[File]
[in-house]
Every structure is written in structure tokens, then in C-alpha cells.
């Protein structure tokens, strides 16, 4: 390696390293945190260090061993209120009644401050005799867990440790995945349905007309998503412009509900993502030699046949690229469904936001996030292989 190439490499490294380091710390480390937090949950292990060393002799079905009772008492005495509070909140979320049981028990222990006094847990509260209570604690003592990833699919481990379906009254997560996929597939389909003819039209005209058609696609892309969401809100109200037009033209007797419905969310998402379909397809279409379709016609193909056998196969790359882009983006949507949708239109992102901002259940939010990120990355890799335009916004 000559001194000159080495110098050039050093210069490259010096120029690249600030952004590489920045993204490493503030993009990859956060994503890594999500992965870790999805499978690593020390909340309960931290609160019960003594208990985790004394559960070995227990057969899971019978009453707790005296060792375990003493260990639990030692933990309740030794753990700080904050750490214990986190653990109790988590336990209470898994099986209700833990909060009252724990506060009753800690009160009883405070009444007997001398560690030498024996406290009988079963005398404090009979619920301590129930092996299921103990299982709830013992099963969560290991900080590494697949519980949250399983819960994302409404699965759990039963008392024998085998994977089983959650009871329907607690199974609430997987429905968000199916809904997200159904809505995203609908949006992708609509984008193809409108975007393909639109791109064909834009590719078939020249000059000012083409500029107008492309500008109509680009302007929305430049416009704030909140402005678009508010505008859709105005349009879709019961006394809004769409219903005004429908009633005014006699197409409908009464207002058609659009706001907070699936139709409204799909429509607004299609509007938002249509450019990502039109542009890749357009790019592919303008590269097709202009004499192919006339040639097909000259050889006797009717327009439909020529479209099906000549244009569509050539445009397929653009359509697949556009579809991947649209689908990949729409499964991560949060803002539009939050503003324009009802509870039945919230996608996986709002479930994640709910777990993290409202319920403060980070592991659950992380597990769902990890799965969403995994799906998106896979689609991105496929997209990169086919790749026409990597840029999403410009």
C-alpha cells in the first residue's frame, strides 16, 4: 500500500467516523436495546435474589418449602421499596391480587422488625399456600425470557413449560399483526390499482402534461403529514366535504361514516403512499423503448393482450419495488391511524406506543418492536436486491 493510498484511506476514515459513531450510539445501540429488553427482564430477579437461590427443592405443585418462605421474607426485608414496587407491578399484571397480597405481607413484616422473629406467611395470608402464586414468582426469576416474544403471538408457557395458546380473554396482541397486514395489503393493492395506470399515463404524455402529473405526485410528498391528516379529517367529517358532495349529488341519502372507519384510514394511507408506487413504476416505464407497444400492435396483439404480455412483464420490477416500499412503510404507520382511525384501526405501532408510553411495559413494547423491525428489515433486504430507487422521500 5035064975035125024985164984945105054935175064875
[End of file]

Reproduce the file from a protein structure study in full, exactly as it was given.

[in-house]
Every structure is written in structure tokens, then in C-alpha cells.
């Protein structure tokens, strides 16, 4: 390696390293945190260090061993209120009644401050005799867990440790995945349905007309998503412009509900993502030699046949690229469904936001996030292989 190439490499490294380091710390480390937090949950292990060393002799079905009772008492005495509070909140979320049981028990222990006094847990509260209570604690003592990833699919481990379906009254997560996929597939389909003819039209005209058609696609892309969401809100109200037009033209007797419905969310998402379909397809279409379709016609193909056998196969790359882009983006949507949708239109992102901002259940939010990120990355890799335009916004 000559001194000159080495110098050039050093210069490259010096120029690249600030952004590489920045993204490493503030993009990859956060994503890594999500992965870790999805499978690593020390909340309960931290609160019960003594208990985790004394559960070995227990057969899971019978009453707790005296060792375990003493260990639990030692933990309740030794753990700080904050750490214990986190653990109790988590336990209470898994099986209700833990909060009252724990506060009753800690009160009883405070009444007997001398560690030498024996406290009988079963005398404090009979619920301590129930092996299921103990299982709830013992099963969560290991900080590494697949519980949250399983819960994302409404699965759990039963008392024998085998994977089983959650009871329907607690199974609430997987429905968000199916809904997200159904809505995203609908949006992708609509984008193809409108975007393909639109791109064909834009590719078939020249000059000012083409500029107008492309500008109509680009302007929305430049416009704030909140402005678009508010505008859709105005349009879709019961006394809004769409219903005004429908009633005014006699197409409908009464207002058609659009706001907070699936139709409204799909429509607004299609509007938002249509450019990502039109542009890749357009790019592919303008590269097709202009004499192919006339040639097909000259050889006797009717327009439909020529479209099906000549244009569509050539445009397929653009359509697949556009579809991947649209689908990949729409499964991560949060803002539009939050503003324009009802509870039945919230996608996986709002479930994640709910777990993290409202319920403060980070592991659950992380597990769902990890799965969403995994799906998106896979689609991105496929997209990169086919790749026409990597840029999403410009």
C-alpha cells in the first residue's frame, strides 16, 4: 500500500467516523436495546435474589418449602421499596391480587422488625399456600425470557413449560399483526390499482402534461403529514366535504361514516403512499423503448393482450419495488391511524406506543418492536436486491 493510498484511506476514515459513531450510539445501540429488553427482564430477579437461590427443592405443585418462605421474607426485608414496587407491578399484571397480597405481607413484616422473629406467611395470608402464586414468582426469576416474544403471538408457557395458546380473554396482541397486514395489503393493492395506470399515463404524455402529473405526485410528498391528516379529517367529517358532495349529488341519502372507519384510514394511507408506487413504476416505464407497444400492435396483439404480455412483464420490477416500499412503510404507520382511525384501526405501532408510553411495559413494547423491525428489515433486504430507487422521500 5035064975035125024985164984945105054935175064875